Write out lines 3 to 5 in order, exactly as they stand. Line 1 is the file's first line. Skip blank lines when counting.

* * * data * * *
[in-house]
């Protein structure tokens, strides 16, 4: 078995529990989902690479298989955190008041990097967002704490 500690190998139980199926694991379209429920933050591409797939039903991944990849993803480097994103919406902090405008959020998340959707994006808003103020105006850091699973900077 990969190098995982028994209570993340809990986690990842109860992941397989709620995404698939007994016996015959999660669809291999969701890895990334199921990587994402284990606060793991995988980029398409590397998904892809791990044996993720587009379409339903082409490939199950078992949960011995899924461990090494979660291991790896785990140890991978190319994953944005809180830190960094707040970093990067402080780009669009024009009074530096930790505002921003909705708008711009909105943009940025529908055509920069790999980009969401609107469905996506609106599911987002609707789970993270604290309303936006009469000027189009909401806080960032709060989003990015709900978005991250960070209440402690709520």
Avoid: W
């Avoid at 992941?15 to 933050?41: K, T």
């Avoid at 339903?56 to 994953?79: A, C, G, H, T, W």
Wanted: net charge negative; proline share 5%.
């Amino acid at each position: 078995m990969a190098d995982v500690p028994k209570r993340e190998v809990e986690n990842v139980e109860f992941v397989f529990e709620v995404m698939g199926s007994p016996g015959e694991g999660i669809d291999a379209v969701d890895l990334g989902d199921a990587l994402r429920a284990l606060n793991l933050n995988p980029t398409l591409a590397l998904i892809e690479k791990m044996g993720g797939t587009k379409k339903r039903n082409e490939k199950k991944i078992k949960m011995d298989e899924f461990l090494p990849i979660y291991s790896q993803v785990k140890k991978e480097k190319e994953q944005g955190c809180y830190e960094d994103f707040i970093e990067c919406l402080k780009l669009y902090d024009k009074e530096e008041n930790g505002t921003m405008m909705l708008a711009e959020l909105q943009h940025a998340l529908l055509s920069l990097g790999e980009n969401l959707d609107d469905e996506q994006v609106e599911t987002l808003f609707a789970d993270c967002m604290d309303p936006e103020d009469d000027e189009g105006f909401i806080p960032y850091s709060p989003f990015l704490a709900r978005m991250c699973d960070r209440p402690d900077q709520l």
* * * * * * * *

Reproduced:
Avoid: W
């Avoid at 992941?15 to 933050?41: K, T």
């Avoid at 339903?56 to 994953?79: A, C, G, H, T, W």